Dawson’s don’t just sell roses, we’ve been helping WA gardeners get the best out of their roses for over 110 years. For best results follow these easy growing hints.

Planting Roses

Because Dawson’s roses are grown in pots, you can confidently plant them into your garden at any time of the year.

  1. Before planting, water the rose in its pot.
  2. In a sunny location, dig a hole 60cm wide and 45-60cm deep. Mix Dawson’s Garden World Organic Soil Improver with the soil from the hole at a rate of 1 part Soil Improver and 2 parts soil from the hole.
  3. Return enough of this mix to the hole to achieve the correct height for the new plant.
  4. Take the rose out of its pot, leaving the root ball intact, and place in hole. Add 1 tablespoon of slow release fertiliser around the root ball.
  5. Return more of the mix around the plant until the soil is level, then add mulch, leaving a 15cm clearance around the stem. Water in well, ensuring the root zone is thoroughly saturated.
  6. Use any left-over soil to make a shallow well around the plant; this will help retain water and direct it to the root system.


  • Use plenty of water to compact the soil and give plants a flying start.
  • Soil wetting agents allow water to penetrate into water repellent, sandy soils. Apply in Spring and mid-Summer.
  • Water daily in Summer months.

Staking & Training

  • Standards and weeping standards will require a permanent and strong stake for support.
  • Weeping roses can be trained by using a ‘rose hoop’, so that it’s easy to tie the branches to develop a lovely shape.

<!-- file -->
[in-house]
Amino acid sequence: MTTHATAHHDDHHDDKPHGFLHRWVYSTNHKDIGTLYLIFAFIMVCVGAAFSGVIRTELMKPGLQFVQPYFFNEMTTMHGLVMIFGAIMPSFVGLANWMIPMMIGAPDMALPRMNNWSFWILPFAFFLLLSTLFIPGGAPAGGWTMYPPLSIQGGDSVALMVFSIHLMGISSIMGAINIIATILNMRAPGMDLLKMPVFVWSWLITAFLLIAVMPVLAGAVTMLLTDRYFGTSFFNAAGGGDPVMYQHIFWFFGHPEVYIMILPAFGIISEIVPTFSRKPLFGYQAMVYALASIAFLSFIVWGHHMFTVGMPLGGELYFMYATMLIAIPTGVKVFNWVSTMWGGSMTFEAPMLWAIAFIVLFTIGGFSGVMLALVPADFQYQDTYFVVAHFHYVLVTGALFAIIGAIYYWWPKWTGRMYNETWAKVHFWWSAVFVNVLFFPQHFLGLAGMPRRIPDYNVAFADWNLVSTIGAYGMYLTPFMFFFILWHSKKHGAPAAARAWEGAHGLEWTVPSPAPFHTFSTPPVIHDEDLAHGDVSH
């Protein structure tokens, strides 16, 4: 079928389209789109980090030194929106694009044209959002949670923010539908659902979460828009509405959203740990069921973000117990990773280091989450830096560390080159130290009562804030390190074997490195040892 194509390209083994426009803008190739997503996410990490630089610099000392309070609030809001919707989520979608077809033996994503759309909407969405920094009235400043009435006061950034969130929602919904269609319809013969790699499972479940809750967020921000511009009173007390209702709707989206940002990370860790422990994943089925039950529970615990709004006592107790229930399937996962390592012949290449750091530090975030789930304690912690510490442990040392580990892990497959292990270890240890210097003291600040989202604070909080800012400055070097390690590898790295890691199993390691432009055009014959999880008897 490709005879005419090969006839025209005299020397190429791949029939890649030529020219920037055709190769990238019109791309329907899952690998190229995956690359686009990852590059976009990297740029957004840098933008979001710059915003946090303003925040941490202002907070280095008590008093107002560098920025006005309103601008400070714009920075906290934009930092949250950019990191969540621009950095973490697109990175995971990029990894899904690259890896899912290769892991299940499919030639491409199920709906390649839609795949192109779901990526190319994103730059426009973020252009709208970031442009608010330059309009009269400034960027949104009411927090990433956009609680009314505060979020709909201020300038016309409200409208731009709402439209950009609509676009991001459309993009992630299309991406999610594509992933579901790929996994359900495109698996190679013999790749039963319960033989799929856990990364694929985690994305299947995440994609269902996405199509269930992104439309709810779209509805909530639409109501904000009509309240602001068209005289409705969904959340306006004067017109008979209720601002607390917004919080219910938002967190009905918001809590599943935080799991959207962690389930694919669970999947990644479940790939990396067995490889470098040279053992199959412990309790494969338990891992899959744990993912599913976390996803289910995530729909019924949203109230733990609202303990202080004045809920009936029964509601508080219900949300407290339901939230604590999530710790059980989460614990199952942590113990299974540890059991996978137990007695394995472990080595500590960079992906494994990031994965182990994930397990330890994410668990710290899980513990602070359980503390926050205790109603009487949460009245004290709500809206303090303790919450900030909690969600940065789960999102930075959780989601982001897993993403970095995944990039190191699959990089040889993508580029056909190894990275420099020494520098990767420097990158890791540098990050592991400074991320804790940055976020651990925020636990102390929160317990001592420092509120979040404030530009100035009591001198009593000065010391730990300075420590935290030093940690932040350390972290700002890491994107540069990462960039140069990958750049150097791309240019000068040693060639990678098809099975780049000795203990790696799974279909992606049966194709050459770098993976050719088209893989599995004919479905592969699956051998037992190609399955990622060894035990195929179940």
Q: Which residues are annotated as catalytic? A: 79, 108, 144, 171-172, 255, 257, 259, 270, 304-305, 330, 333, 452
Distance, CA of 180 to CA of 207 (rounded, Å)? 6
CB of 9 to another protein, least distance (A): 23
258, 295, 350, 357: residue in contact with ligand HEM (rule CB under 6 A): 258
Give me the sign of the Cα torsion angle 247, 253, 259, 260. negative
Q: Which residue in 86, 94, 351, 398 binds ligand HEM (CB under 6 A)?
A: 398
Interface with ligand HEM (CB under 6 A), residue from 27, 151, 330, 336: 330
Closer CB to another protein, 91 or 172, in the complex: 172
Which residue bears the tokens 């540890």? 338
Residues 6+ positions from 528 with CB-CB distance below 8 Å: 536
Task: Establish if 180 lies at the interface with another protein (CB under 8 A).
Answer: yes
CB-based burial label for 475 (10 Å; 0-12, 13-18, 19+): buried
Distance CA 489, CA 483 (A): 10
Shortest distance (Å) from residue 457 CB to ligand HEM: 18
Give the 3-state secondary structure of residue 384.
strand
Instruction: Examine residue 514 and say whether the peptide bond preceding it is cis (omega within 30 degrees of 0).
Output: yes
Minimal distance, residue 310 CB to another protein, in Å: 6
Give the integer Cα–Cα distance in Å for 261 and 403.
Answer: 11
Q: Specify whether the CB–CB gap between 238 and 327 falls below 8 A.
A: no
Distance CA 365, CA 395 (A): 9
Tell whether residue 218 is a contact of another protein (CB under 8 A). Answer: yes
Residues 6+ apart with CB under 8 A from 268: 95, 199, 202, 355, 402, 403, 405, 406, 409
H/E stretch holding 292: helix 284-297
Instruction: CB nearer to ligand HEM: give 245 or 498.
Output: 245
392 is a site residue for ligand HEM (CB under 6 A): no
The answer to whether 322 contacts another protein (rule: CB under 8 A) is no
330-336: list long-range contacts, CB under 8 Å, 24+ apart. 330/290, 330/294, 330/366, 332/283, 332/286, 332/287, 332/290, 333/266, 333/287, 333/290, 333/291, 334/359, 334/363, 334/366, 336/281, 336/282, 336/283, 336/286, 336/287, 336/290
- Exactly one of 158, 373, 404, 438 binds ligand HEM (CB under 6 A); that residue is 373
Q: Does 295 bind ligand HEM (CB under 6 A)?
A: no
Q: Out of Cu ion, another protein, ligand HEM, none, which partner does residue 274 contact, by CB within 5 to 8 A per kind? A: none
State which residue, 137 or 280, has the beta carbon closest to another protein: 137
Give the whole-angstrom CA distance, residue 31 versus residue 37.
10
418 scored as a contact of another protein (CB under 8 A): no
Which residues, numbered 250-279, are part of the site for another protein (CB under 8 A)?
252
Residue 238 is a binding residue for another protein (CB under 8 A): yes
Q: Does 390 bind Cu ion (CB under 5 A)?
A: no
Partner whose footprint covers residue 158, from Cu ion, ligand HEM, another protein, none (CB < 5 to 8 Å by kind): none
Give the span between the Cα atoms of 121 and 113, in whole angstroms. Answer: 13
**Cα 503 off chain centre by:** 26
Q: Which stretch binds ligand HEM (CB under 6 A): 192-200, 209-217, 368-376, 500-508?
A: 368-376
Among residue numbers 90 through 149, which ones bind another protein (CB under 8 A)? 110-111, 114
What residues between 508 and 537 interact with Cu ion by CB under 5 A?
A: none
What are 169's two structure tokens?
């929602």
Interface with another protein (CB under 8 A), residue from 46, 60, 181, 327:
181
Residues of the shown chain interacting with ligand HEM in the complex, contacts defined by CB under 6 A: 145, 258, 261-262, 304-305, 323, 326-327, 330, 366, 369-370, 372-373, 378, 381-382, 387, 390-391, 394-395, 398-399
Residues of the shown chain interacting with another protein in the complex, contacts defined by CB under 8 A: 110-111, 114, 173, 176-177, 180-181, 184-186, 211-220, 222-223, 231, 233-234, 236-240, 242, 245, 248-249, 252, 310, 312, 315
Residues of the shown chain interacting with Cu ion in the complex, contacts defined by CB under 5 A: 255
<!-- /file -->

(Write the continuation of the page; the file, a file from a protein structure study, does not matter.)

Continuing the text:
• Feed roses at regular 4 week intervals from Spring to Autumn.


  • Use coarse grade mulch applied to the soil at a depth of 5-10cm, leaving a 15cm bare circle around the main stem. Never heap mulch or soil up around the stem.


  • One of the main virtues of grafting onto Fortuniana rootstock is its vigour and hardiness. If you see bright green foliage appearing from below the graft of the plant, simply break it off and discard.

Common Diseases & Pests

  • Without full sunshine, roses may develop ‘Black Spot’ and ‘Powdery Mildew’.
  • Avoid overhead watering and watering in the evening wherever possible.
  • Spray with fungicide after pruning, and again in Spring and Autumn.
  • Control aphids and thrips with systemic insecticide used monthly. Environmentally friendly sprays are  available at Dawson’s.
  • Red spider mites are the most troublesome pest of roses over the warmer months. Spray with Mavrik*, Natrasoap* or Eco-Oil*. Spray twice, two weeks apart, to bring mite populations under control. Predatory mites can also be ordered from your nearest Dawson’s store. Predatory mites feed on spider mites, offering a natural way to control them in your garden.
  • White Rose Scale- Spray with Eco-Oil* or White Oil*. Severely infested canes should be pruned out at pruning time.
  • Herbicide Damage – Don’t use Glyphosate herbicides near your roses; they’re very sensitive to Glyphosate damage, and this causes distorted ‘witches broom’ looking foliage.

* During the warmer months, don’t spray during the heat of the day, or when temperatures exceed 35°C.

Pruning the easy way

The object of pruning is to shape the bush and promote new blooms. Pruning is done every year in Winter while plants are dormant, before new Spring growth appears.

  • Before starting, make sure pruning tools are clean and sharp.
  • Hybrid tea roses, miniatures and floribunda roses can simply be cut back to half of their original height, using secateurs, loppers or even hedge shears.
  • Then tidy up by removing any crossing branches, diseased older wood or branches growing into the centre of the bush.
  • David Austin rose bushes are best pruned by removing one third of their original height each Winter.
  • Climbing roses should be pruned and trained to restrict them from growing straight up. This is best done by tying new canes to a horizontal position or by arching into a fan shape.
  • Weeping standard roses and shrub roses are best clipped and shaped with hedge shears. This can be done continuously after each flowering.
  • Immediately after pruning thoroughly spray bushes with Lime Sulphur.